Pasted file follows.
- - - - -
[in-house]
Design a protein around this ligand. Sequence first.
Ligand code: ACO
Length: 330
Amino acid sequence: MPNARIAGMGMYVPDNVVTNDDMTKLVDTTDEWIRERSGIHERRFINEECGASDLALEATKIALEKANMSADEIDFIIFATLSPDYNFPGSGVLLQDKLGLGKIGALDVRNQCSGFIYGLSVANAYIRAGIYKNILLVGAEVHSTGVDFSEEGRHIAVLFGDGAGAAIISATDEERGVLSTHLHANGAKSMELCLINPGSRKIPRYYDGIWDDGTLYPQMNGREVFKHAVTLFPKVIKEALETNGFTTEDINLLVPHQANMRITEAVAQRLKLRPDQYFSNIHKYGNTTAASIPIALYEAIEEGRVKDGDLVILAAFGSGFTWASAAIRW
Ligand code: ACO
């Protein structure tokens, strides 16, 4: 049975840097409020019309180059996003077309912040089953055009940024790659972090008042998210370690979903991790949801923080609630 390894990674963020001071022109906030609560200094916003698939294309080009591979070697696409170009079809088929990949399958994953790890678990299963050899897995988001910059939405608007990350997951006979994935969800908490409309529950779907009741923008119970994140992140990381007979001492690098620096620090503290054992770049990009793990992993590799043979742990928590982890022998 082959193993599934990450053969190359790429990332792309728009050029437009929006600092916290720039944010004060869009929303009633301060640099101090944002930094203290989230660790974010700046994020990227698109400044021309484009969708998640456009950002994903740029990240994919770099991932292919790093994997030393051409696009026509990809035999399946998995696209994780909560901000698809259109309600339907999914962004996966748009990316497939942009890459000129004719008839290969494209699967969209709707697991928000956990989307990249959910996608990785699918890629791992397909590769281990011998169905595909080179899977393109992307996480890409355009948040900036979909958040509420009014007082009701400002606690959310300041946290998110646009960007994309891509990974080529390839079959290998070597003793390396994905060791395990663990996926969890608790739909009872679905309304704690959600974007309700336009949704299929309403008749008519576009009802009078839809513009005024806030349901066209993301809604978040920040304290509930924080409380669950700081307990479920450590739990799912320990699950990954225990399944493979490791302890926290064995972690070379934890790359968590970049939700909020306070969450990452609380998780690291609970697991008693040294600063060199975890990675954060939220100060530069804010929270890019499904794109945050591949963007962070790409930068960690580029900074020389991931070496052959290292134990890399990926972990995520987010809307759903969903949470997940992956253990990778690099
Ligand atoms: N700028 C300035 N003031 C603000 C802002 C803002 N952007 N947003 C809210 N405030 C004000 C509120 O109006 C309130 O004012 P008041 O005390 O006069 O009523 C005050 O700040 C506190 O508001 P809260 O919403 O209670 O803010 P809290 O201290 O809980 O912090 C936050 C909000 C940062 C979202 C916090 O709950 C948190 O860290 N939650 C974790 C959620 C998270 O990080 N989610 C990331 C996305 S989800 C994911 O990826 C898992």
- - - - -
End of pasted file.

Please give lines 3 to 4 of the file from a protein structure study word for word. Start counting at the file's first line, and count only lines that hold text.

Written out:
Ligand code: ACO
Length: 330